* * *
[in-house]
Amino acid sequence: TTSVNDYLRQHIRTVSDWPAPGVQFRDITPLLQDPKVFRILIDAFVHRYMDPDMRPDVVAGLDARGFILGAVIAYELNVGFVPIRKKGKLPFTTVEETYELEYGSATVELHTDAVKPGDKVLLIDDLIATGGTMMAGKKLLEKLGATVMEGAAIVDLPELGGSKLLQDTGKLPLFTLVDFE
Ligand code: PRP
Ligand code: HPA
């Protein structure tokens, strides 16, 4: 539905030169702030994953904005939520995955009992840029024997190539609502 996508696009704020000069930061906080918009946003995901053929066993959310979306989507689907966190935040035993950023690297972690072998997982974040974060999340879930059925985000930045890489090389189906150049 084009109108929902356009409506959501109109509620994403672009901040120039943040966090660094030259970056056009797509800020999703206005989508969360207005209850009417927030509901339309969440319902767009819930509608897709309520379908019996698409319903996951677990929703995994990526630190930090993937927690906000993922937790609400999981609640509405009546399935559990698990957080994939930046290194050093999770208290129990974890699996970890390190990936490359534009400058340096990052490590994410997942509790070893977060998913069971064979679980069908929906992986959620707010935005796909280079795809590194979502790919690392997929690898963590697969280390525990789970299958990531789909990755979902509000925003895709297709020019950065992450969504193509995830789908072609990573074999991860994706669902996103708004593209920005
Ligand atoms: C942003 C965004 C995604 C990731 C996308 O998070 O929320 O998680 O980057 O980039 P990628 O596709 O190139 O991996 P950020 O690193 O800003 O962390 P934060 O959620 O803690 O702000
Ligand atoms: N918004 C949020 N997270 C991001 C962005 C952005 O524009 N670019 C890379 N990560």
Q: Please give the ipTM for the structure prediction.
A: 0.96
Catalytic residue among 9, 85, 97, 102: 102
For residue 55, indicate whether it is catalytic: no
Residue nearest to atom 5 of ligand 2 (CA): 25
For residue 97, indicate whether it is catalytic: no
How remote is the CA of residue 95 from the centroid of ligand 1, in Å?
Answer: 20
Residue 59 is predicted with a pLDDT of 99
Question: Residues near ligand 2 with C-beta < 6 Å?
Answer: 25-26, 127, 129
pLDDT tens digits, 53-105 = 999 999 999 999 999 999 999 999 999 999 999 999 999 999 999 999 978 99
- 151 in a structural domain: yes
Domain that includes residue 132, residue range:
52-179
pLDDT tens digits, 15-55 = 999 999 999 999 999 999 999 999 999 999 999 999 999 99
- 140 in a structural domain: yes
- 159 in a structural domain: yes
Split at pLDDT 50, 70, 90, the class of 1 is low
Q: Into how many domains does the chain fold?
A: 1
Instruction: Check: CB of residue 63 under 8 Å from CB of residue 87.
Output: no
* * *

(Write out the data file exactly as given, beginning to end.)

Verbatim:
[in-house]
Amino acid sequence: TTSVNDYLRQHIRTVSDWPAPGVQFRDITPLLQDPKVFRILIDAFVHRYMDPDMRPDVVAGLDARGFILGAVIAYELNVGFVPIRKKGKLPFTTVEETYELEYGSATVELHTDAVKPGDKVLLIDDLIATGGTMMAGKKLLEKLGATVMEGAAIVDLPELGGSKLLQDTGKLPLFTLVDFE
Ligand code: PRP
Ligand code: HPA
């Protein structure tokens, strides 16, 4: 539905030169702030994953904005939520995955009992840029024997190539609502 996508696009704020000069930061906080918009946003995901053929066993959310979306989507689907966190935040035993950023690297972690072998997982974040974060999340879930059925985000930045890489090389189906150049 084009109108929902356009409506959501109109509620994403672009901040120039943040966090660094030259970056056009797509800020999703206005989508969360207005209850009417927030509901339309969440319902767009819930509608897709309520379908019996698409319903996951677990929703995994990526630190930090993937927690906000993922937790609400999981609640509405009546399935559990698990957080994939930046290194050093999770208290129990974890699996970890390190990936490359534009400058340096990052490590994410997942509790070893977060998913069971064979679980069908929906992986959620707010935005796909280079795809590194979502790919690392997929690898963590697969280390525990789970299958990531789909990755979902509000925003895709297709020019950065992450969504193509995830789908072609990573074999991860994706669902996103708004593209920005
Ligand atoms: C942003 C965004 C995604 C990731 C996308 O998070 O929320 O998680 O980057 O980039 P990628 O596709 O190139 O991996 P950020 O690193 O800003 O962390 P934060 O959620 O803690 O702000
Ligand atoms: N918004 C949020 N997270 C991001 C962005 C952005 O524009 N670019 C890379 N990560």
Q: Please give the ipTM for the structure prediction.
A: 0.96
Catalytic residue among 9, 85, 97, 102: 102
For residue 55, indicate whether it is catalytic: no
Residue nearest to atom 5 of ligand 2 (CA): 25
For residue 97, indicate whether it is catalytic: no
How remote is the CA of residue 95 from the centroid of ligand 1, in Å?
Answer: 20
Residue 59 is predicted with a pLDDT of 99
Question: Residues near ligand 2 with C-beta < 6 Å?
Answer: 25-26, 127, 129
pLDDT tens digits, 53-105 = 999 999 999 999 999 999 999 999 999 999 999 999 999 999 999 999 978 99
- 151 in a structural domain: yes
Domain that includes residue 132, residue range:
52-179
pLDDT tens digits, 15-55 = 999 999 999 999 999 999 999 999 999 999 999 999 999 99
- 140 in a structural domain: yes
- 159 in a structural domain: yes
Split at pLDDT 50, 70, 90, the class of 1 is low
Q: Into how many domains does the chain fold?
A: 1
Instruction: Check: CB of residue 63 under 8 Å from CB of residue 87.
Output: no